What is the Purpose of Your HVAC Job?

What is the Purpose of Your HVAC Job?

Your best bet to increase sales and efficiency is to deliver a superior level of service by doing a complete inspection on every call. Draw up a comprehensive list of every single deficiency you see in order of priority, and go over it with your customers.

What is the purpose of your job?  What were you hired to do?  What was the boss hoping to accomplish by hiring you?

When I ask those questions, service technicians tend to say that the purpose of their job is to:

  • Fix things
  • Solve problems
  • Satisfy customers
  • Make friends.

There is one reason and one reason only why they hired you, put you in a uniform and sent you out on a service call; and that is to generate profits for the company.

You’re not going to generate profits long-term unless you fix it right the first time, solve problems, and satisfy customers; and I find these things are where techs seem focus all their energy.

You’re only running calls because everyone, including you, has to earn a living.  The fact that we are in a “helping” profession is a huge plus that I personally feel contributes significantly to my job satisfaction; but the only reason we put up with what we have to put up with on a daily basis, is that we need the money.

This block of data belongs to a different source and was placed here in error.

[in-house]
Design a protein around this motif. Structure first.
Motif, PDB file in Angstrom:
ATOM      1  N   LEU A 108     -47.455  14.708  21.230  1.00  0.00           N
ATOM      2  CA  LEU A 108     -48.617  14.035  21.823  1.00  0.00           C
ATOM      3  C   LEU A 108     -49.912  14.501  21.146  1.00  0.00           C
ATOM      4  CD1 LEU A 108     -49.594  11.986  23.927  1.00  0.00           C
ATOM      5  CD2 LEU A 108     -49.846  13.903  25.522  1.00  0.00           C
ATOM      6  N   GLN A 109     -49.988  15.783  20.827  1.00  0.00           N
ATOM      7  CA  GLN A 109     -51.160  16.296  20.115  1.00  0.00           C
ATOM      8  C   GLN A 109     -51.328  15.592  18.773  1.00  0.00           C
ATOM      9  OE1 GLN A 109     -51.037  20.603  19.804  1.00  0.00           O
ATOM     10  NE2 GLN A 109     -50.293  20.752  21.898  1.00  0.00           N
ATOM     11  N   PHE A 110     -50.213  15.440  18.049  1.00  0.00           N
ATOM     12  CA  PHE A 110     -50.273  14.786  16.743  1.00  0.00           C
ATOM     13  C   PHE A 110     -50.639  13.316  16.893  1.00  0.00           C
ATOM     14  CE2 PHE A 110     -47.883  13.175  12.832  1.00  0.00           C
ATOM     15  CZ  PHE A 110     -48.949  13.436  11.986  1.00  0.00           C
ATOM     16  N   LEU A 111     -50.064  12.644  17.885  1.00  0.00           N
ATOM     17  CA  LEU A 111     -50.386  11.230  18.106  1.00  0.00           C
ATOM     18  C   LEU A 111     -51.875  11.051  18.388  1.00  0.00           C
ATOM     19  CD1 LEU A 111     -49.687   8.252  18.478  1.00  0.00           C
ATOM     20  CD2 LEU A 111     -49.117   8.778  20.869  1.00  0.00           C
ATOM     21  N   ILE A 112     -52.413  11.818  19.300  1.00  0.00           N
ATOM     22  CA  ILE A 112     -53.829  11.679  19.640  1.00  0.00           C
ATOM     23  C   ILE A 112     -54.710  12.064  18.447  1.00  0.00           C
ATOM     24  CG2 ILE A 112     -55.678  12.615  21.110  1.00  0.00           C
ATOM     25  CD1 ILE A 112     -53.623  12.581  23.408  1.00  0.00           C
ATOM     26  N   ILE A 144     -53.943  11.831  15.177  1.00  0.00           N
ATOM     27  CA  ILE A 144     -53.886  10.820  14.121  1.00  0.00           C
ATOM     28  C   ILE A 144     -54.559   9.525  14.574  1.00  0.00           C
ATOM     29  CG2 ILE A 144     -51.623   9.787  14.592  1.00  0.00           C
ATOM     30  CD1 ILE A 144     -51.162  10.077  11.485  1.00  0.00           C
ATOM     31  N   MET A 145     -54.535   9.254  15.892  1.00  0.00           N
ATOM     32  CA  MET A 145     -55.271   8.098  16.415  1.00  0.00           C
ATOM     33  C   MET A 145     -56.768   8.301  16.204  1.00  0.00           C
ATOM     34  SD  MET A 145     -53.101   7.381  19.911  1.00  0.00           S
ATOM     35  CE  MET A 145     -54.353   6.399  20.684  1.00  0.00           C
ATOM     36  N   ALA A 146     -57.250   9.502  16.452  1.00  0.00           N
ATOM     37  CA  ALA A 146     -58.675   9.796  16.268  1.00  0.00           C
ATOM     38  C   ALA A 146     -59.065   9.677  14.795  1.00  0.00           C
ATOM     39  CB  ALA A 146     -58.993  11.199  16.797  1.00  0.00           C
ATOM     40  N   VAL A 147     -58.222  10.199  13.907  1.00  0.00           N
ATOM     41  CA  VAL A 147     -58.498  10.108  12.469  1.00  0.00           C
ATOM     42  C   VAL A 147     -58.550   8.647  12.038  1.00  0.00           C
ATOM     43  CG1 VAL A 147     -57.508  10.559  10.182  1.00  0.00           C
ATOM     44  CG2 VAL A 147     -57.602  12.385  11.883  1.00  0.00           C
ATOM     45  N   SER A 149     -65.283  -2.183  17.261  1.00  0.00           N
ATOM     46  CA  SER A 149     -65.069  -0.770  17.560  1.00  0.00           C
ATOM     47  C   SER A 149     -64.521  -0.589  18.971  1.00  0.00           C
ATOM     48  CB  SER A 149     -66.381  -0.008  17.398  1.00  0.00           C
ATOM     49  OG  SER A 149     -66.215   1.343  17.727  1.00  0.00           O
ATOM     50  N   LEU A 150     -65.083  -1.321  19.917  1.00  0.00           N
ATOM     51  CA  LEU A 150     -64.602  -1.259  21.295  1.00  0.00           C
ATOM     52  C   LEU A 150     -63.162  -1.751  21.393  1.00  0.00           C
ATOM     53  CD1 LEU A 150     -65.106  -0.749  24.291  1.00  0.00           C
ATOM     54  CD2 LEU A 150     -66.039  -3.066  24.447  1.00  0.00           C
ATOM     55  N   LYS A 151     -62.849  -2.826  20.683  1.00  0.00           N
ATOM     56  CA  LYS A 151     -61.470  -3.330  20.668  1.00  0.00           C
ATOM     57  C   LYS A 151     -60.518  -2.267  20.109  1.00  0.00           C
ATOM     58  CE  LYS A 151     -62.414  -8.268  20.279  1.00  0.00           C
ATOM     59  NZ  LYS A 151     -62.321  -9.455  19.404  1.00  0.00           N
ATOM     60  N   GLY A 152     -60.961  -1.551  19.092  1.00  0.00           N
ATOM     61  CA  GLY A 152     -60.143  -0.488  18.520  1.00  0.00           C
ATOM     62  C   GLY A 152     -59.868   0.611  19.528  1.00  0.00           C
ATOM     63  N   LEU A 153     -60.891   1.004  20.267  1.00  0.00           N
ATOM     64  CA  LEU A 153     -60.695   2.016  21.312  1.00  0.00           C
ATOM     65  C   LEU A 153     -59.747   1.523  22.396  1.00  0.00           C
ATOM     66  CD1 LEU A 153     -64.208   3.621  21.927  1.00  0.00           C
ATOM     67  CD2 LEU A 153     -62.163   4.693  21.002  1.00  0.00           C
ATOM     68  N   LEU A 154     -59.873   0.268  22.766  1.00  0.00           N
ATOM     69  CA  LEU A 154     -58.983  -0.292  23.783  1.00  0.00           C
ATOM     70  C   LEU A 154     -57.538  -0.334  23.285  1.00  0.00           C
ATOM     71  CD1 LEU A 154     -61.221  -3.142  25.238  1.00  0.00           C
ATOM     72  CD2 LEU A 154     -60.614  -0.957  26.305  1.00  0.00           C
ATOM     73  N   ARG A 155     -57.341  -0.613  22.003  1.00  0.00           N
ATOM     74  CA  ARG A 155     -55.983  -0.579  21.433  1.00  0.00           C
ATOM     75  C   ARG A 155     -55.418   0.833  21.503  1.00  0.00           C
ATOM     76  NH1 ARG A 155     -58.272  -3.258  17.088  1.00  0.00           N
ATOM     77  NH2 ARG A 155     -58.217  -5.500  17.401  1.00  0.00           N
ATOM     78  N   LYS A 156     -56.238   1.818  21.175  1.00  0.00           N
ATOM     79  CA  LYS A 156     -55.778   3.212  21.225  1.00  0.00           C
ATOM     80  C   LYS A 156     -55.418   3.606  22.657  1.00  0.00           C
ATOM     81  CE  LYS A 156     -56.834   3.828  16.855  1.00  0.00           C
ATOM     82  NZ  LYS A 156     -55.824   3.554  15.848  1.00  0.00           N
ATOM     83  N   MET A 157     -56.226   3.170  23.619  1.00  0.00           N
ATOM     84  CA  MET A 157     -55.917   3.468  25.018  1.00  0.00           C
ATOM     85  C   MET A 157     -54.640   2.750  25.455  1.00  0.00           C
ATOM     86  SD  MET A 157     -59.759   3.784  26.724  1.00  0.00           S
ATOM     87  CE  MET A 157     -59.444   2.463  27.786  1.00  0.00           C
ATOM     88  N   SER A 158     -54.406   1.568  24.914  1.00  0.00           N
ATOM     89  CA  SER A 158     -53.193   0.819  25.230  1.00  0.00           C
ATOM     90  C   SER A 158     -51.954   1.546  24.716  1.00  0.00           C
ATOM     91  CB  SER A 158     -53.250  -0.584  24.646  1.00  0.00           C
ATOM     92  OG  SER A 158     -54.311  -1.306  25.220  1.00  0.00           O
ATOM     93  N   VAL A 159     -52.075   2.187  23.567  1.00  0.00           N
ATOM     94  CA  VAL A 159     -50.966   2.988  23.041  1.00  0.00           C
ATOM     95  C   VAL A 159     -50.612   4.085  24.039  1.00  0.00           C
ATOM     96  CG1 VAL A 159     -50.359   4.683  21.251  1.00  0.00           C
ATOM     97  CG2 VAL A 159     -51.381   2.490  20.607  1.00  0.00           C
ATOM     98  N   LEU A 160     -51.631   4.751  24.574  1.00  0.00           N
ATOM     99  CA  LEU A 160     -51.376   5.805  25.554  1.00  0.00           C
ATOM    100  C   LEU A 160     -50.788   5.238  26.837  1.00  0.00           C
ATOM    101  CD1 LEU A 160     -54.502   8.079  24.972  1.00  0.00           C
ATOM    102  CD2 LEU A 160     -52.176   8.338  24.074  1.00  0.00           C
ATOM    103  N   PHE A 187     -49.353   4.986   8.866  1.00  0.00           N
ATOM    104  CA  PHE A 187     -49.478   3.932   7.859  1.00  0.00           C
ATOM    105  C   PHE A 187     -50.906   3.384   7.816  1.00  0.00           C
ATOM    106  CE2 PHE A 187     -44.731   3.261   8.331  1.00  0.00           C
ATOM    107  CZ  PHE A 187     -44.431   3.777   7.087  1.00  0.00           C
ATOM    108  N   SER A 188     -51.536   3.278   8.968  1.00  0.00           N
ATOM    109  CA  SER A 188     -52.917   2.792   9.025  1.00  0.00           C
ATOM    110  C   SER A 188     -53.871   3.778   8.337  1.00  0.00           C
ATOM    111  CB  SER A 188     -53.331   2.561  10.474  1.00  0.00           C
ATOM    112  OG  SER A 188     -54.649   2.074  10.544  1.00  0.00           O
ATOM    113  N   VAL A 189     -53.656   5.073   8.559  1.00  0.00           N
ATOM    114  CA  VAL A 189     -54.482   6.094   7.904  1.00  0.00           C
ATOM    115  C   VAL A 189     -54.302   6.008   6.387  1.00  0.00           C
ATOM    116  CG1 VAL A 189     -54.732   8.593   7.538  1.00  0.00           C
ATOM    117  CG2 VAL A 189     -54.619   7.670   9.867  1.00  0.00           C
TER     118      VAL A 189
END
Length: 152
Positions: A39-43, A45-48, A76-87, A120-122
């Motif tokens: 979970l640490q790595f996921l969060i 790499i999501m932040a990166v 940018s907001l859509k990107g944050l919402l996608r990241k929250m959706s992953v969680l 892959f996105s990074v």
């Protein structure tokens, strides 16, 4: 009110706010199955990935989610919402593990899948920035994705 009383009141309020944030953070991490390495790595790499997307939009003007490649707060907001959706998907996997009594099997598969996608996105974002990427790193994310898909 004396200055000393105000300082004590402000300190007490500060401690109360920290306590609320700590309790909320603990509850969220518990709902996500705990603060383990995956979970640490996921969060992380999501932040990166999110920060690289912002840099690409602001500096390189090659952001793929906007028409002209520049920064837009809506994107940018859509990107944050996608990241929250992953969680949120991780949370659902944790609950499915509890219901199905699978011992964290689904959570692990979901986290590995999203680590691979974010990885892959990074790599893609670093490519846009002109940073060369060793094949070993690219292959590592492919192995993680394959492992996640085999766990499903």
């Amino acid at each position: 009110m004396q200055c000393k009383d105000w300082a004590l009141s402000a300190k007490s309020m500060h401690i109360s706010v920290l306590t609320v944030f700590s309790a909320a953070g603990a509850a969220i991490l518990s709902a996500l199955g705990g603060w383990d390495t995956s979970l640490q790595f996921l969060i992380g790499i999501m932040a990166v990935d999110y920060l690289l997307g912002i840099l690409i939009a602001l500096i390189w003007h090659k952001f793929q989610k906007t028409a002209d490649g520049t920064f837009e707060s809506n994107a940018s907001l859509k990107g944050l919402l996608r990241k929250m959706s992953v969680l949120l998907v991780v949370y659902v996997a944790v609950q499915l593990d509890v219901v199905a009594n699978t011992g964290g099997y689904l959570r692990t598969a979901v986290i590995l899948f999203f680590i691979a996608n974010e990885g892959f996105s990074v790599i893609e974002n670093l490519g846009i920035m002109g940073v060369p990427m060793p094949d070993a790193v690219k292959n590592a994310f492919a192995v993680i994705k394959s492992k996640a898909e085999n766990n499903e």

We’re only doing it for the money, but unfortunately, for many of us, there’s not that much money in it. It doesn’t have to be that way.

Since the purpose of your job is to generate a profit for the company, whether you own the company yourself or work for someone else, you're not going to get the most out of your career in service until you maximize the profits you generate.

 

Since the purpose of your job is to generate a profit for the company, whether you own the company yourself or work for someone else, you’re not going to get the most out of your career in service until you maximize the profits you generate.

Why Increase Efficiency?
If you’re going to generate more profits out of your efforts, you’ll have to increase your efficiency.  You want to bring in more money in the same amount of time, or less, than you’ve been doing.  The best way to do that is to drive as little as possible and make the most money possible (while keeping your ethics intact) on every single call.  Another way to word it is to increase the average dollar amount of your service calls, and yes, I mean to “sell” more on each call.

It costs hundreds of dollars to generate a service call and get a technician to the front door.  If you’re only doing one task per call, it’s costing more money to send you on calls than you’re bringing in.

 

It costs hundreds of dollars to generate a service call and get a technician to the front door.  If you’re only doing one task per call, it’s costing more money to send you on calls than you’re bringing in.

Your best bet to increase sales and efficiency is to deliver a superior level of service by doing a complete inspection on every call, drawing up a comprehensive list of every single deficiency you see in order of priority, and going over it with your customers.

When you go over your list, don’t go into “salesman mode.”  In fact, don’t really even try to sell them anything.  Just be sincere and confident, believe in your own recommendations, and make good eye contact.  If what you’re recommending they do truly makes sense, you’ll be successful.